What I've discovered about prostate cancer

What I've discovered about prostate cancer

Prostate cancer affects exclusively men, mostly those over 50, and those of African descent.

I'm one of the lucky few who gets yearly physicals and studies the results.

As a former nuclear worker whose colleague had prostate cancer, I was always fixated on my PSA.

Test PSA measures prostate-specific antigen in the blood to check for prostate cancer.

PSA is a protein generated by both malignant and non-cancerous prostate tissues, a tiny gland that sits below the bladder in males and produces seminal fluid to aid sperm ejaculation.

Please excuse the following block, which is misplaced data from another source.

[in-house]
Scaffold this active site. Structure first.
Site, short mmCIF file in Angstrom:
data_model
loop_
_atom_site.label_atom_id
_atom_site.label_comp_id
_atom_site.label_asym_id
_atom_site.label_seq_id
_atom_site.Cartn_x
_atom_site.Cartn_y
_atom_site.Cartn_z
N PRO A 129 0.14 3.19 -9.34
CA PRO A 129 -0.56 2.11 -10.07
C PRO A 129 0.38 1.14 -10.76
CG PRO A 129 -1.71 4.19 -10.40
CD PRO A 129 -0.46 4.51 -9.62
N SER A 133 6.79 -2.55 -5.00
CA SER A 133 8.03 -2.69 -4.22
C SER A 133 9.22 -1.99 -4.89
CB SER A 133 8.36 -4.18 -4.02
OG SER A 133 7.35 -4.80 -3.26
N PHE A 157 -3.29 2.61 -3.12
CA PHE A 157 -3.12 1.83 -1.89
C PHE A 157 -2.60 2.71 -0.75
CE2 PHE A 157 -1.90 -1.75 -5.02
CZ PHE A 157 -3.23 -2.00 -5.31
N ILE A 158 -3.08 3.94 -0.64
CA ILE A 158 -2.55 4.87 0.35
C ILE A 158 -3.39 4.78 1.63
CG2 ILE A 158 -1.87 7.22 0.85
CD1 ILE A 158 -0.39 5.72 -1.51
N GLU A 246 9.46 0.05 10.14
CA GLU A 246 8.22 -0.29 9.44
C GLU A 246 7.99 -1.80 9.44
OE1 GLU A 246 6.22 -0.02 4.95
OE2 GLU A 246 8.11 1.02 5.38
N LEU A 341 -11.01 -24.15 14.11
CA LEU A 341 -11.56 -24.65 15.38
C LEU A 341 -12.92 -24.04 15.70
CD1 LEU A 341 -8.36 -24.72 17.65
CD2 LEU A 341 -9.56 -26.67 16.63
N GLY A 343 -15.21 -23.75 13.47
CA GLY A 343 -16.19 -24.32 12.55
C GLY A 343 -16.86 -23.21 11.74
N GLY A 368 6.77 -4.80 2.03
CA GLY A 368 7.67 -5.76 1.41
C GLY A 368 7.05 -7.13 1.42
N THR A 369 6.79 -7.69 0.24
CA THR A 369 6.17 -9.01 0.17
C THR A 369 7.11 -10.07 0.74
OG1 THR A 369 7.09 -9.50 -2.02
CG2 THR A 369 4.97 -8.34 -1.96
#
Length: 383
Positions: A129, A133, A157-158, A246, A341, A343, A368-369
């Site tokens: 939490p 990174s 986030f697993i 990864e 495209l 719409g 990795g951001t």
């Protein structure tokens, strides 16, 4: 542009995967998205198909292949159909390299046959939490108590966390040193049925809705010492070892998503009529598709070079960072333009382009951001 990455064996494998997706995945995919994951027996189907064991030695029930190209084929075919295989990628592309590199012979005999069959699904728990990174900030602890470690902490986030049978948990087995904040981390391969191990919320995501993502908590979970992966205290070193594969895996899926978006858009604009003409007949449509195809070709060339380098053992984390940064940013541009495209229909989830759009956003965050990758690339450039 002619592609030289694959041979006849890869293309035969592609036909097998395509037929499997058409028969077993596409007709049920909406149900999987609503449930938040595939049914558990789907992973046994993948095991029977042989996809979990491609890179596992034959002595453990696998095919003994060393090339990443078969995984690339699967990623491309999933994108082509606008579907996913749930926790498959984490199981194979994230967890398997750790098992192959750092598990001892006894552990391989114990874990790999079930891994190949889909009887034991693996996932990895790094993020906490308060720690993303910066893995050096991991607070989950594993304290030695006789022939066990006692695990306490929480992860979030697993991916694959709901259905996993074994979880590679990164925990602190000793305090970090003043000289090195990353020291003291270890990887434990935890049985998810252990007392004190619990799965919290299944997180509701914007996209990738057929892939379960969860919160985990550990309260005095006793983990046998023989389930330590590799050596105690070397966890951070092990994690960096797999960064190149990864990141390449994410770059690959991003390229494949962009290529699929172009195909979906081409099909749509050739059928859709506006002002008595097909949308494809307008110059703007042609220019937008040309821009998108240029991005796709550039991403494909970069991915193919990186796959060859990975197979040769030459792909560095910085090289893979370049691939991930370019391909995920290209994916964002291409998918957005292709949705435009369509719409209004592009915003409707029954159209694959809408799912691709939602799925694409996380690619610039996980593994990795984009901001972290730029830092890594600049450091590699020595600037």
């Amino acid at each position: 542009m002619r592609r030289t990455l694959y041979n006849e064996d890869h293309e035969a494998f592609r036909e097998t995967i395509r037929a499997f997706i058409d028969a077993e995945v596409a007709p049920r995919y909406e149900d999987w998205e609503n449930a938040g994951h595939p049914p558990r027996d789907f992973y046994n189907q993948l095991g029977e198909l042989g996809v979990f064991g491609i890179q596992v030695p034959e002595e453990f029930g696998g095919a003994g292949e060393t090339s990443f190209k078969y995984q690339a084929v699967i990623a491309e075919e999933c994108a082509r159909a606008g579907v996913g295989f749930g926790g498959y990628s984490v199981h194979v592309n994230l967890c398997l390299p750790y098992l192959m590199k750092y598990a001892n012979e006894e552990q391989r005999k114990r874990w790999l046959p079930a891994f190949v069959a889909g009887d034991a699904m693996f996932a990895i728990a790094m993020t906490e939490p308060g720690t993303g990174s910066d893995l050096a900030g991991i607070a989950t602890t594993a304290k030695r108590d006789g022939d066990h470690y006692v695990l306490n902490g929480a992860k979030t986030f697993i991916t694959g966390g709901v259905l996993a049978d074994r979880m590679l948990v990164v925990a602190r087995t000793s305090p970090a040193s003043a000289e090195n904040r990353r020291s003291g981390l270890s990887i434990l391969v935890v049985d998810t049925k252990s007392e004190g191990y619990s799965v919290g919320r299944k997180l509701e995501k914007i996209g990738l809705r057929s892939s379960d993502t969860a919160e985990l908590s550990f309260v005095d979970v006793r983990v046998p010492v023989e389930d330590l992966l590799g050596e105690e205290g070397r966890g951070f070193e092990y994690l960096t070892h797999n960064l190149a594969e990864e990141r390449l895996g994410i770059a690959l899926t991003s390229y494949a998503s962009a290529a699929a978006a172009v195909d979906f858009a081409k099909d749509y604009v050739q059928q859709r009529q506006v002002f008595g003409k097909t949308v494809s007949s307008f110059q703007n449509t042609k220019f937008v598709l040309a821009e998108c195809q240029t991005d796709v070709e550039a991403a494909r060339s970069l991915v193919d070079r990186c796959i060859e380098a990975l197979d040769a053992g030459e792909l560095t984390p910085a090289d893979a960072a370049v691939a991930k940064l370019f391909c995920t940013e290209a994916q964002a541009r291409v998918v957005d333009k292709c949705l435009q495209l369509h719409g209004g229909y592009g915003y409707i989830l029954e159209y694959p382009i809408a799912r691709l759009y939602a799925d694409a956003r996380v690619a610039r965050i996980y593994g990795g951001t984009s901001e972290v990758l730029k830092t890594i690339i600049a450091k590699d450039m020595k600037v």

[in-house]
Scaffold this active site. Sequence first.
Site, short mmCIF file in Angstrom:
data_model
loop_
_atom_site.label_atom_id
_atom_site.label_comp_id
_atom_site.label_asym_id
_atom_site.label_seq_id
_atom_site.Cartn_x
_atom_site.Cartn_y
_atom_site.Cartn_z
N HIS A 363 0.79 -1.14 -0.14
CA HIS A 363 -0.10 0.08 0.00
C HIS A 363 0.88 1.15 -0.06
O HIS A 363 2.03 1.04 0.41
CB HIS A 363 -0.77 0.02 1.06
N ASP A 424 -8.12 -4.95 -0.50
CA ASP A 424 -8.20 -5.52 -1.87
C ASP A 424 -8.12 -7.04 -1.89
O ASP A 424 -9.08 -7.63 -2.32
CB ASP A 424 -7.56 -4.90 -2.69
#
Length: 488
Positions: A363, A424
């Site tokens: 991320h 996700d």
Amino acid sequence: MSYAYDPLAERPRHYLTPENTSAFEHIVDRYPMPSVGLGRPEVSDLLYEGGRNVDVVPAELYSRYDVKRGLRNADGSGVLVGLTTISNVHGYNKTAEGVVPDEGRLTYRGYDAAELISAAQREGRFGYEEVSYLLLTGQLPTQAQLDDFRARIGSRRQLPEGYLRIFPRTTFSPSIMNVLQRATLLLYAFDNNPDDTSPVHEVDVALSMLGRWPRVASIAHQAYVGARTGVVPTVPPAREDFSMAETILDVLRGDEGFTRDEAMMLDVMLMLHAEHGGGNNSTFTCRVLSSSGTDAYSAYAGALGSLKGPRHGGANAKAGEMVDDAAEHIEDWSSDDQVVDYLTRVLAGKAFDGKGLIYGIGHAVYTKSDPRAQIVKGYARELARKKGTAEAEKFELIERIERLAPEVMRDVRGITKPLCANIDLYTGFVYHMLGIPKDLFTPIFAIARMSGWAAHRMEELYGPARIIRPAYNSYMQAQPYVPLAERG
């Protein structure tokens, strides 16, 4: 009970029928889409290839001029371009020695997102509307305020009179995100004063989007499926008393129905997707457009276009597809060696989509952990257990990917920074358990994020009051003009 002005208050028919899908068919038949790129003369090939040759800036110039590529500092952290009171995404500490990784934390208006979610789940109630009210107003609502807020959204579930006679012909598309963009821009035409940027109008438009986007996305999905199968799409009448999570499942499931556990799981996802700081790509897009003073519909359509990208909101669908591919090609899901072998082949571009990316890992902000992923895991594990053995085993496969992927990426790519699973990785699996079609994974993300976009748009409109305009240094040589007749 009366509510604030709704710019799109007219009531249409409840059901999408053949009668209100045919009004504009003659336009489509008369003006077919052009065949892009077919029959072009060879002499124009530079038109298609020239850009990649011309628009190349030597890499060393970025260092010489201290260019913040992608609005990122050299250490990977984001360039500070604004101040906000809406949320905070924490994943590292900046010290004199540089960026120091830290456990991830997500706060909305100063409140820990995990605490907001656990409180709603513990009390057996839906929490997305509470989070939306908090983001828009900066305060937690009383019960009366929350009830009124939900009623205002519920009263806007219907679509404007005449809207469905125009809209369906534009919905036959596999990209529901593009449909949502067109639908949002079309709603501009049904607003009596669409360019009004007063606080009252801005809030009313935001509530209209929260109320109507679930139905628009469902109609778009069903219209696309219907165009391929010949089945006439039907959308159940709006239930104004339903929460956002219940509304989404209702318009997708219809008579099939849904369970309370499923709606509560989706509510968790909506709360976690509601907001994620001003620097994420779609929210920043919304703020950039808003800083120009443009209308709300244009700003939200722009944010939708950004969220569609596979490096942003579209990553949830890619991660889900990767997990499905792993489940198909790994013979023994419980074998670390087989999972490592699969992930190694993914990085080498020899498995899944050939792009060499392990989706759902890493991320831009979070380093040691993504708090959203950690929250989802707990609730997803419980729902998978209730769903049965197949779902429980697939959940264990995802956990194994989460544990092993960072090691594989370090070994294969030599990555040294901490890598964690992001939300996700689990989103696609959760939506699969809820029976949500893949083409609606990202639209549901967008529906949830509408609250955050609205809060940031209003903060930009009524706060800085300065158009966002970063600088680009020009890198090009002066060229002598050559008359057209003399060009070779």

A high PSA level may indicate prostate cancer, prostatitis, or benign prostate enlargement.

Alarmed, I got myself checked by my neighborhood doctor using an ultra-sound gadget; my prostate wasn't enlarged, but the doctor noted that I had pee retention – the bladder wasn't totally empty when I used the toilet – but stated that my PSA number was typical for my age – over 70 years.

She suggested I see a urologist to check for benign prostatic hyperplasia (BPH), or prostate gland enlargement, a common problem among older men.

Symptoms An enlarged prostate might cause urinary symptoms like blocked urine flow.

After various tests, the urologist prescribed me medicine to improve urine flow. The next year, my PSA value went to 9.6 ng/ml; my urologist had said he would 'watchful wait' until the result neared or crossed 10 ng/ml.

So I had a prostate biopsy and MRI scan. Doctors assign a prostate cancer patient a Gleason score to determine its severity.

So I had a prostate biopsy and MRI scan.